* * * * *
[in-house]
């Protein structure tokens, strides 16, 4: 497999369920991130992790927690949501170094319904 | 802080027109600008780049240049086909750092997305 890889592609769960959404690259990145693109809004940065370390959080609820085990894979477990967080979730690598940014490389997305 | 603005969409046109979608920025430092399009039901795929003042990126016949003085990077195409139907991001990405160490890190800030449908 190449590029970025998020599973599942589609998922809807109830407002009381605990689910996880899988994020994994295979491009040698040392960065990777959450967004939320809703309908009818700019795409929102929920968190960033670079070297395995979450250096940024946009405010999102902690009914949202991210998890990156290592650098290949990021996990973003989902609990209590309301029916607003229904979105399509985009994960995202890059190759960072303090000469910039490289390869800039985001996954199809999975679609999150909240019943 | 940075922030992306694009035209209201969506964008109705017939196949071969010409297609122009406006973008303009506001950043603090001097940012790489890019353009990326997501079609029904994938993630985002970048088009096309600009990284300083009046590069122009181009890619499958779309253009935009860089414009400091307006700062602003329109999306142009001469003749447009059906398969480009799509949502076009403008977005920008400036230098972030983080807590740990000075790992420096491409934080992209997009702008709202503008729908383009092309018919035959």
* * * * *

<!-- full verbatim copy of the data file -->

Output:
[in-house]
């Protein structure tokens, strides 16, 4: 497999369920991130992790927690949501170094319904 | 802080027109600008780049240049086909750092997305 890889592609769960959404690259990145693109809004940065370390959080609820085990894979477990967080979730690598940014490389997305 | 603005969409046109979608920025430092399009039901795929003042990126016949003085990077195409139907991001990405160490890190800030449908 190449590029970025998020599973599942589609998922809807109830407002009381605990689910996880899988994020994994295979491009040698040392960065990777959450967004939320809703309908009818700019795409929102929920968190960033670079070297395995979450250096940024946009405010999102902690009914949202991210998890990156290592650098290949990021996990973003989902609990209590309301029916607003229904979105399509985009994960995202890059190759960072303090000469910039490289390869800039985001996954199809999975679609999150909240019943 | 940075922030992306694009035209209201969506964008109705017939196949071969010409297609122009406006973008303009506001950043603090001097940012790489890019353009990326997501079609029904994938993630985002970048088009096309600009990284300083009046590069122009181009890619499958779309253009935009860089414009400091307006700062602003329109999306142009001469003749447009059906398969480009799509949502076009403008977005920008400036230098972030983080807590740990000075790992420096491409934080992209997009702008709202503008729908383009092309018919035959």